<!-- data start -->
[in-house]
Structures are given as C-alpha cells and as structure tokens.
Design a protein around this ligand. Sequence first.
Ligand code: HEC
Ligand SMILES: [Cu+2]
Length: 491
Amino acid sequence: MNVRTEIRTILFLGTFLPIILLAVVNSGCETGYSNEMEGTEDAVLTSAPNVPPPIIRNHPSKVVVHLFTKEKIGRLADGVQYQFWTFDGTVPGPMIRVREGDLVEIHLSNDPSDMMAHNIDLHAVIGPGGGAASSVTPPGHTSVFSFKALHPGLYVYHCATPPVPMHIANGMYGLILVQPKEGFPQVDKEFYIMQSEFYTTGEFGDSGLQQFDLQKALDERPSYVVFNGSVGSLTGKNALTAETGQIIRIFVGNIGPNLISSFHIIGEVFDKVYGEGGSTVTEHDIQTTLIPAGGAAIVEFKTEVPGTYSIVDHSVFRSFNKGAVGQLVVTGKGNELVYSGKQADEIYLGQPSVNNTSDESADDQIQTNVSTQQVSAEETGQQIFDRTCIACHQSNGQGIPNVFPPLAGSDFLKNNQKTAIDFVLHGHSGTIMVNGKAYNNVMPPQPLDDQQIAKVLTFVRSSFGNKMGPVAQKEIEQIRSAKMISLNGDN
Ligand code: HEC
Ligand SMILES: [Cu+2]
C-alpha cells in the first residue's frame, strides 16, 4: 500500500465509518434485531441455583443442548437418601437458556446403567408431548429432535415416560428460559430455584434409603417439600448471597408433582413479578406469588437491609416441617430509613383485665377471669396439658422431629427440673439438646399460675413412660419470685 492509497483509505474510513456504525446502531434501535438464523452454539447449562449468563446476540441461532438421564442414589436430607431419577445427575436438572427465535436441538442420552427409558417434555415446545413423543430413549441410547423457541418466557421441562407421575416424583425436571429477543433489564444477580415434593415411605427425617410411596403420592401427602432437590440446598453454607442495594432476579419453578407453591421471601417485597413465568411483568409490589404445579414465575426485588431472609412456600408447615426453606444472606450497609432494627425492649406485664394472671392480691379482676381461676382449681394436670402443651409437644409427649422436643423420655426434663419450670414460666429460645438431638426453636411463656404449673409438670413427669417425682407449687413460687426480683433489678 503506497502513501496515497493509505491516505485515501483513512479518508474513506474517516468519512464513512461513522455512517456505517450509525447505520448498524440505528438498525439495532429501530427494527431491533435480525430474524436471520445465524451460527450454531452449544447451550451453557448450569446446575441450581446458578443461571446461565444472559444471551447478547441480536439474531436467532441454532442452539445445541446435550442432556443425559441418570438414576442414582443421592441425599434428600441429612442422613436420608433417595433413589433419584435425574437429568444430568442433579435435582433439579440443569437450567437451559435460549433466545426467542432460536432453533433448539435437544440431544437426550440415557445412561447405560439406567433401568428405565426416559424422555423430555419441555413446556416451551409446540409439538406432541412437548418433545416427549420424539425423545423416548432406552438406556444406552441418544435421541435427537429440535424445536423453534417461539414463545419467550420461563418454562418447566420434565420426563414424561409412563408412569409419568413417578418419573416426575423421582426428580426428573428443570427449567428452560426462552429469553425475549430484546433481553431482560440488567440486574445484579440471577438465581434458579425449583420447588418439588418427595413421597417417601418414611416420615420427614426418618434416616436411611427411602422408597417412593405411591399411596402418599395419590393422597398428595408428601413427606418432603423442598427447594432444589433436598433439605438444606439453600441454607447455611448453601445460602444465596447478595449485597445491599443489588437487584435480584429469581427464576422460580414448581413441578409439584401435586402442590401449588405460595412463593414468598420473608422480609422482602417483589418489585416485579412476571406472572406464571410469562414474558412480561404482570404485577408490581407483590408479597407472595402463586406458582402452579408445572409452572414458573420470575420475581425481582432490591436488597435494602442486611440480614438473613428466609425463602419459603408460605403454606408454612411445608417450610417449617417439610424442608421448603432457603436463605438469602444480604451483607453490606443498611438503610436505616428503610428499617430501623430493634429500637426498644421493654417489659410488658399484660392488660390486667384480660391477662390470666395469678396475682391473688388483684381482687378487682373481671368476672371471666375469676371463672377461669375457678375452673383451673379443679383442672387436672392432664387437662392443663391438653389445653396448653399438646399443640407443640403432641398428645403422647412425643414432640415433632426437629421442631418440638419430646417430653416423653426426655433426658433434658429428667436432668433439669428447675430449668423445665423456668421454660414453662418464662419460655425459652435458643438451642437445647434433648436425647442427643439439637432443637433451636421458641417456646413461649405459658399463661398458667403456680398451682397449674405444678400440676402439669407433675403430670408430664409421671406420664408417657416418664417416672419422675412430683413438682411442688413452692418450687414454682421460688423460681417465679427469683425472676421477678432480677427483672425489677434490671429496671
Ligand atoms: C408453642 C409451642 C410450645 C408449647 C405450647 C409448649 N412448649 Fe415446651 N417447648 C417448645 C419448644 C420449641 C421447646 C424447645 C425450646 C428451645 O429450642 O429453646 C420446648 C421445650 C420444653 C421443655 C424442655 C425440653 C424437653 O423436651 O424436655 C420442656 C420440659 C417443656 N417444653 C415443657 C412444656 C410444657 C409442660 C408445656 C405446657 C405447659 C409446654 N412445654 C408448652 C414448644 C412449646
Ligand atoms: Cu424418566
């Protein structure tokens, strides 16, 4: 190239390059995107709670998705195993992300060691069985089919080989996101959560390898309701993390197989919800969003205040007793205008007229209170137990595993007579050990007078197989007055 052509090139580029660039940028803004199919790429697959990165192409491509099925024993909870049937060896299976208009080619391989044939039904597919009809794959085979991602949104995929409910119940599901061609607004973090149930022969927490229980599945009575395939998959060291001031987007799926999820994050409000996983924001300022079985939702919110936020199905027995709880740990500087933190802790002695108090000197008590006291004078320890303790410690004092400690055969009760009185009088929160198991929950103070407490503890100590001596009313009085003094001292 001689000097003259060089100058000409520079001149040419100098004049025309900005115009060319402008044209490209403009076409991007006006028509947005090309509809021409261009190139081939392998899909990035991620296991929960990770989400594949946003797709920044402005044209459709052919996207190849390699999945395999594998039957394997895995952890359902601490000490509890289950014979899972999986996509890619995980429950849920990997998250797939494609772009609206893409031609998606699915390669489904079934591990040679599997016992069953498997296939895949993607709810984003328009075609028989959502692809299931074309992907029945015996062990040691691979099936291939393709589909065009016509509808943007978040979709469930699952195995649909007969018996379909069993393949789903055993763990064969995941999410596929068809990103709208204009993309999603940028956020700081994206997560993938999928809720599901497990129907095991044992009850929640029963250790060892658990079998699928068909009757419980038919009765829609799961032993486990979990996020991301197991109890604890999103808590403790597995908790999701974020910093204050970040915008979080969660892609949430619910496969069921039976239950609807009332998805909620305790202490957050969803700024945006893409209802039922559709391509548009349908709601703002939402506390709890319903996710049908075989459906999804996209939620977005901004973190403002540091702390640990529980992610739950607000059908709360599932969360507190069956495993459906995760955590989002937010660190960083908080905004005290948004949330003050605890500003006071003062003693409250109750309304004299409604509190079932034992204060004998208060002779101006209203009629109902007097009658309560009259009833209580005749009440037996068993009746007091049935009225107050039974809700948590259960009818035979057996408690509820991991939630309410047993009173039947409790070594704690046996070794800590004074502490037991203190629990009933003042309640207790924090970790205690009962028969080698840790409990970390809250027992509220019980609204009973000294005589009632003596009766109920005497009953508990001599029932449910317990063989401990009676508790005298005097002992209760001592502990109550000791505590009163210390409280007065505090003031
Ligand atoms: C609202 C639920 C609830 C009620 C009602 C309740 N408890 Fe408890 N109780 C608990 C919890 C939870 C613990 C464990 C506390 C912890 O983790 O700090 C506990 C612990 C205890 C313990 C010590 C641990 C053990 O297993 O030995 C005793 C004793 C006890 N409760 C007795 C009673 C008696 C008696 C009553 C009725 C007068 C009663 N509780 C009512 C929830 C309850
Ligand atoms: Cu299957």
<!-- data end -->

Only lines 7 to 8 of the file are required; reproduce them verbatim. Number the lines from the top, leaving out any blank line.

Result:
Amino acid sequence: MNVRTEIRTILFLGTFLPIILLAVVNSGCETGYSNEMEGTEDAVLTSAPNVPPPIIRNHPSKVVVHLFTKEKIGRLADGVQYQFWTFDGTVPGPMIRVREGDLVEIHLSNDPSDMMAHNIDLHAVIGPGGGAASSVTPPGHTSVFSFKALHPGLYVYHCATPPVPMHIANGMYGLILVQPKEGFPQVDKEFYIMQSEFYTTGEFGDSGLQQFDLQKALDERPSYVVFNGSVGSLTGKNALTAETGQIIRIFVGNIGPNLISSFHIIGEVFDKVYGEGGSTVTEHDIQTTLIPAGGAAIVEFKTEVPGTYSIVDHSVFRSFNKGAVGQLVVTGKGNELVYSGKQADEIYLGQPSVNNTSDESADDQIQTNVSTQQVSAEETGQQIFDRTCIACHQSNGQGIPNVFPPLAGSDFLKNNQKTAIDFVLHGHSGTIMVNGKAYNNVMPPQPLDDQQIAKVLTFVRSSFGNKMGPVAQKEIEQIRSAKMISLNGDN
Ligand code: HEC